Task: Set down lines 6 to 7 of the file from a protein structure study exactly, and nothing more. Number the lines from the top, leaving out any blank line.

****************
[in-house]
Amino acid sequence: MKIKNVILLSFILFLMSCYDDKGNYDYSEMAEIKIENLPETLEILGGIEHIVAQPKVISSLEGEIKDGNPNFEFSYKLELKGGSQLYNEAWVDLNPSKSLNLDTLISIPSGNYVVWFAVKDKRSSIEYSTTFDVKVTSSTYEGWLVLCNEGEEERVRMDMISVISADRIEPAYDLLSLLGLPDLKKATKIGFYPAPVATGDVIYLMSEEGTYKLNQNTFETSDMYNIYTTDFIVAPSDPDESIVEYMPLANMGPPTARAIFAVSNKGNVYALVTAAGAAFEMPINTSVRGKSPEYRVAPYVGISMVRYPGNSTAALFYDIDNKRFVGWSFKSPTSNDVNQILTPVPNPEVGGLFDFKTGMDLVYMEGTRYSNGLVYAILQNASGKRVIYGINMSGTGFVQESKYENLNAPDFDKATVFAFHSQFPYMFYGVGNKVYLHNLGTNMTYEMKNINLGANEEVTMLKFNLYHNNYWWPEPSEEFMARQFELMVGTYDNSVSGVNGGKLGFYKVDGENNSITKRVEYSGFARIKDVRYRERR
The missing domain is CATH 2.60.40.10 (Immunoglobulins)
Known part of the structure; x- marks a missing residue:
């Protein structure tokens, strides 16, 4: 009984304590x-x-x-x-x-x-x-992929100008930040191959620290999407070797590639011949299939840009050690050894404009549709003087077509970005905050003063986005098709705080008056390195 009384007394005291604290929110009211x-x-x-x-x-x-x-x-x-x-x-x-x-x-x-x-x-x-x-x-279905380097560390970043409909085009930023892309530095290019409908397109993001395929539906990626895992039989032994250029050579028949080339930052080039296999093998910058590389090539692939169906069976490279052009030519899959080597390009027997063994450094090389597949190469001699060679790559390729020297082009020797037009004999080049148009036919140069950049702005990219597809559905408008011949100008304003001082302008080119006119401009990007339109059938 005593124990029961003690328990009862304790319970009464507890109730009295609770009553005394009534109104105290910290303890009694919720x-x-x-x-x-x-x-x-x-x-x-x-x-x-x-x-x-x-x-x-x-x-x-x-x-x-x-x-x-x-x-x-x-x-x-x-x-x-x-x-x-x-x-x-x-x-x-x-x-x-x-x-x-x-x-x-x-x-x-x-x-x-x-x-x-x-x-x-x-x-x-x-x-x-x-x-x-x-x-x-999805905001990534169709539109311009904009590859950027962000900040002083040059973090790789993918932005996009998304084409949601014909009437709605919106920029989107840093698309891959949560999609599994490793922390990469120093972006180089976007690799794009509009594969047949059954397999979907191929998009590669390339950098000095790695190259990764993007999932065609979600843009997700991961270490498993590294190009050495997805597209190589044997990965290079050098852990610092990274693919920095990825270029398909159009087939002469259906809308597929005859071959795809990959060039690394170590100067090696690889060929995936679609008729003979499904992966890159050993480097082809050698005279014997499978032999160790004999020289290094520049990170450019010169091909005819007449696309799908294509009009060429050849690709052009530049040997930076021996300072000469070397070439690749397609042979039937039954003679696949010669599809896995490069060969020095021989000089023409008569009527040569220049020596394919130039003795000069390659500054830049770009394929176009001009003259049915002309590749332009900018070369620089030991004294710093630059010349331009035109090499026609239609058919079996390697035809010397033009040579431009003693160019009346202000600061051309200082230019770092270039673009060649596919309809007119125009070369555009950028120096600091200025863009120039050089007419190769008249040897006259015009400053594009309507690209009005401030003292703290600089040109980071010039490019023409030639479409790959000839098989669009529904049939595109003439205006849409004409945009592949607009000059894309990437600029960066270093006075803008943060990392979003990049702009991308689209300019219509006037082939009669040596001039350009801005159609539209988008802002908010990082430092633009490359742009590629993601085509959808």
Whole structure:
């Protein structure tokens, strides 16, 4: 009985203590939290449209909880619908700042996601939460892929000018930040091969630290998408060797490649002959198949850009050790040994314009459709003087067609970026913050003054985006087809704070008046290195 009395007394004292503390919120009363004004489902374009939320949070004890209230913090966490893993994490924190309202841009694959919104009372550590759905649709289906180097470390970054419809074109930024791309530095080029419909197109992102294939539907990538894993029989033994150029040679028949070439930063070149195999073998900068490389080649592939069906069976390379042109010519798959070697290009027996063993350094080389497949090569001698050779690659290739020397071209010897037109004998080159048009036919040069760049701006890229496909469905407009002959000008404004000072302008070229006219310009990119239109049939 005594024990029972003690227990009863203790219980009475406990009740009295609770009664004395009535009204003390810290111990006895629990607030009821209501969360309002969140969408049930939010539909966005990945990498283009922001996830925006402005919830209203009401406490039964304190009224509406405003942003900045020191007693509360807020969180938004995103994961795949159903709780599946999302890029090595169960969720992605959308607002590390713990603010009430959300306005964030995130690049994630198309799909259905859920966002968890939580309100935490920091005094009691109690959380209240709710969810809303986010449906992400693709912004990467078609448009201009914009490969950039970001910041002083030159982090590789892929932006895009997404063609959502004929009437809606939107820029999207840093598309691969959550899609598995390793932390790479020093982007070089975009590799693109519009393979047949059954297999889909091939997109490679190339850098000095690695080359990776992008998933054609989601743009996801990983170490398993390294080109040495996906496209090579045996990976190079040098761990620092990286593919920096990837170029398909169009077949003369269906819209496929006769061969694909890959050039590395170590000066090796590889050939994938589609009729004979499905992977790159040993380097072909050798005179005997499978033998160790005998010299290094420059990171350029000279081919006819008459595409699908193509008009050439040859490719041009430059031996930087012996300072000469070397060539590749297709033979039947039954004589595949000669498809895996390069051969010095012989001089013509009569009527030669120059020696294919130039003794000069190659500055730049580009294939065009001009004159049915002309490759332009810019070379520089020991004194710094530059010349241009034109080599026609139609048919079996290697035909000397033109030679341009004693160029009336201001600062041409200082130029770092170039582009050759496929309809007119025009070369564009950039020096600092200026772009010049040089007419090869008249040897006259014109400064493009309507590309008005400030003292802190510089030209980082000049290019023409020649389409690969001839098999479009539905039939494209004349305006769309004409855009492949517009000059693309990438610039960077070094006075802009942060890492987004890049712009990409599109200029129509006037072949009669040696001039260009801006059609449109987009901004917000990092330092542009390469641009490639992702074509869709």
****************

Whole structure:
């Protein structure tokens, strides 16, 4: 009985203590939290449209909880619908700042996601939460892929000018930040091969630290998408060797490649002959198949850009050790040994314009459709003087067609970026913050003054985006087809704070008046290195 009395007394004292503390919120009363004004489902374009939320949070004890209230913090966490893993994490924190309202841009694959919104009372550590759905649709289906180097470390970054419809074109930024791309530095080029419909197109992102294939539907990538894993029989033994150029040679028949070439930063070149195999073998900068490389080649592939069906069976390379042109010519798959070697290009027996063993350094080389497949090569001698050779690659290739020397071209010897037109004998080159048009036919040069760049701006890229496909469905407009002959000008404004000072302008070229006219310009990119239109049939 005594024990029972003690227990009863203790219980009475406990009740009295609770009664004395009535009204003390810290111990006895629990607030009821209501969360309002969140969408049930939010539909966005990945990498283009922001996830925006402005919830209203009401406490039964304190009224509406405003942003900045020191007693509360807020969180938004995103994961795949159903709780599946999302890029090595169960969720992605959308607002590390713990603010009430959300306005964030995130690049994630198309799909259905859920966002968890939580309100935490920091005094009691109690959380209240709710969810809303986010449906992400693709912004990467078609448009201009914009490969950039970001910041002083030159982090590789892929932006895009997404063609959502004929009437809606939107820029999207840093598309691969959550899609598995390793932390790479020093982007070089975009590799693109519009393979047949059954297999889909091939997109490679190339850098000095690695080359990776992008998933054609989601743009996801990983170490398993390294080109040495996906496209090579045996990976190079040098761990620092990286593919920096990837170029398909169009077949003369269906819209496929006769061969694909890959050039590395170590000066090796590889050939994938589609009729004979499905992977790159040993380097072909050798005179005997499978033998160790005998010299290094420059990171350029000279081919006819008459595409699908193509008009050439040859490719041009430059031996930087012996300072000469070397060539590749297709033979039947039954004589595949000669498809895996390069051969010095012989001089013509009569009527030669120059020696294919130039003794000069190659500055730049580009294939065009001009004159049915002309490759332009810019070379520089020991004194710094530059010349241009034109080599026609139609048919079996290697035909000397033109030679341009004693160029009336201001600062041409200082130029770092170039582009050759496929309809007119025009070369564009950039020096600092200026772009010049040089007419090869008249040897006259014109400064493009309507590309008005400030003292802190510089030209980082000049290019023409020649389409690969001839098999479009539905039939494209004349305006769309004409855009492949517009000059693309990438610039960077070094006075802009942060890492987004890049712009990409599109200029129509006037072949009669040696001039260009801006059609449109987009901004917000990092330092542009390469641009490639992702074509869709």